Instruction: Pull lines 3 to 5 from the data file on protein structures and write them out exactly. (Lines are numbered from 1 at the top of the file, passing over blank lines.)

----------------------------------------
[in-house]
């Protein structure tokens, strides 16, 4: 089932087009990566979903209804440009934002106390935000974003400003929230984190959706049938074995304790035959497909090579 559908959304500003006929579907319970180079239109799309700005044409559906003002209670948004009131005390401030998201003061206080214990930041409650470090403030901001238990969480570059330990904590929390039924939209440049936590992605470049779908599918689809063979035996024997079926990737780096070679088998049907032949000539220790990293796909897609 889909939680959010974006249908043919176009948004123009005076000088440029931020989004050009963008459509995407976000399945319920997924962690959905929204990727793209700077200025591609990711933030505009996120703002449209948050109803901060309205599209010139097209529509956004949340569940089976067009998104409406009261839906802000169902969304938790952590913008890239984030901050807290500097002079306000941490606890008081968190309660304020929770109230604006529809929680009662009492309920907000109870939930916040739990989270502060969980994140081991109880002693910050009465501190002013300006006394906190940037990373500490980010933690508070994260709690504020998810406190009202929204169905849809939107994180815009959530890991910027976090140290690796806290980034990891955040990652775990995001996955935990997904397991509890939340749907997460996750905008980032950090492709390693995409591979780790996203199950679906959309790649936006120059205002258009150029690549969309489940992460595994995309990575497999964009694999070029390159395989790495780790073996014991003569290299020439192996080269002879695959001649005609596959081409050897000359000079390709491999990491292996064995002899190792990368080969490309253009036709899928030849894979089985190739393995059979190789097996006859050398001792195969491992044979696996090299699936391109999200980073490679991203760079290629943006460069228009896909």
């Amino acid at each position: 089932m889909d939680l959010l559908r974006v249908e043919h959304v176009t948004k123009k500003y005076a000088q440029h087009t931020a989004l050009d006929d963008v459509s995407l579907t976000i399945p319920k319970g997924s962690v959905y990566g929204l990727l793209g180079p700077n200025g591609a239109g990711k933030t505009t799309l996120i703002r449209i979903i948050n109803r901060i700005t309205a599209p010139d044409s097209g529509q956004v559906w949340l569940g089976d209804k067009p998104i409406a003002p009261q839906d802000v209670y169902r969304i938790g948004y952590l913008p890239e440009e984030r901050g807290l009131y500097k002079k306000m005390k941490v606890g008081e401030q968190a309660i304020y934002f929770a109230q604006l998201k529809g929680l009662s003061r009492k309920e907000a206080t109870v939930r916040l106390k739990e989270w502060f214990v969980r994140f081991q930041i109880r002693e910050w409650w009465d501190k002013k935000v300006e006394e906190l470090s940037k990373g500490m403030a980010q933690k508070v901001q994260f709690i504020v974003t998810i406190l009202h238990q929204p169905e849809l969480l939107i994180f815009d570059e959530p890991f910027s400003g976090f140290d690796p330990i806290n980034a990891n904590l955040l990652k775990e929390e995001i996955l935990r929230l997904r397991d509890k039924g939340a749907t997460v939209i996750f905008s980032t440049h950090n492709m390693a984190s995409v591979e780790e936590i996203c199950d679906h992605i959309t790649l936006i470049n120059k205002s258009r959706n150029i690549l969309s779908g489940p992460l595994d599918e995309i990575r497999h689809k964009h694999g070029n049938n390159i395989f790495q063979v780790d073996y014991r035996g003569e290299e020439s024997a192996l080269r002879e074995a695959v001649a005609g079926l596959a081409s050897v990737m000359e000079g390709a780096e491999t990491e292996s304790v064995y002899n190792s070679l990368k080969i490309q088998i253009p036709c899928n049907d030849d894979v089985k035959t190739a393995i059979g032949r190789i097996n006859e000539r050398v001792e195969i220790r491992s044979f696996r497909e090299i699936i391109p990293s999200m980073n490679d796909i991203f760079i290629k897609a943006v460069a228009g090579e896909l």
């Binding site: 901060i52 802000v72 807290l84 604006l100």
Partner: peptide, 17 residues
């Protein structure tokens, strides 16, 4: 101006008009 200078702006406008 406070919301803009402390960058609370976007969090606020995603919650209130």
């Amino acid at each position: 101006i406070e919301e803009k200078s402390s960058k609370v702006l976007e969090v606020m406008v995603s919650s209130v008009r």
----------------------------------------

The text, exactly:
């Amino acid at each position: 089932m889909d939680l959010l559908r974006v249908e043919h959304v176009t948004k123009k500003y005076a000088q440029h087009t931020a989004l050009d006929d963008v459509s995407l579907t976000i399945p319920k319970g997924s962690v959905y990566g929204l990727l793209g180079p700077n200025g591609a239109g990711k933030t505009t799309l996120i703002r449209i979903i948050n109803r901060i700005t309205a599209p010139d044409s097209g529509q956004v559906w949340l569940g089976d209804k067009p998104i409406a003002p009261q839906d802000v209670y169902r969304i938790g948004y952590l913008p890239e440009e984030r901050g807290l009131y500097k002079k306000m005390k941490v606890g008081e401030q968190a309660i304020y934002f929770a109230q604006l998201k529809g929680l009662s003061r009492k309920e907000a206080t109870v939930r916040l106390k739990e989270w502060f214990v969980r994140f081991q930041i109880r002693e910050w409650w009465d501190k002013k935000v300006e006394e906190l470090s940037k990373g500490m403030a980010q933690k508070v901001q994260f709690i504020v974003t998810i406190l009202h238990q929204p169905e849809l969480l939107i994180f815009d570059e959530p890991f910027s400003g976090f140290d690796p330990i806290n980034a990891n904590l955040l990652k775990e929390e995001i996955l935990r929230l997904r397991d509890k039924g939340a749907t997460v939209i996750f905008s980032t440049h950090n492709m390693a984190s995409v591979e780790e936590i996203c199950d679906h992605i959309t790649l936006i470049n120059k205002s258009r959706n150029i690549l969309s779908g489940p992460l595994d599918e995309i990575r497999h689809k964009h694999g070029n049938n390159i395989f790495q063979v780790d073996y014991r035996g003569e290299e020439s024997a192996l080269r002879e074995a695959v001649a005609g079926l596959a081409s050897v990737m000359e000079g390709a780096e491999t990491e292996s304790v064995y002899n190792s070679l990368k080969i490309q088998i253009p036709c899928n049907d030849d894979v089985k035959t190739a393995i059979g032949r190789i097996n006859e000539r050398v001792e195969i220790r491992s044979f696996r497909e090299i699936i391109p990293s999200m980073n490679d796909i991203f760079i290629k897609a943006v460069a228009g090579e896909l």
């Binding site: 901060i52 802000v72 807290l84 604006l100």
Partner: peptide, 17 residues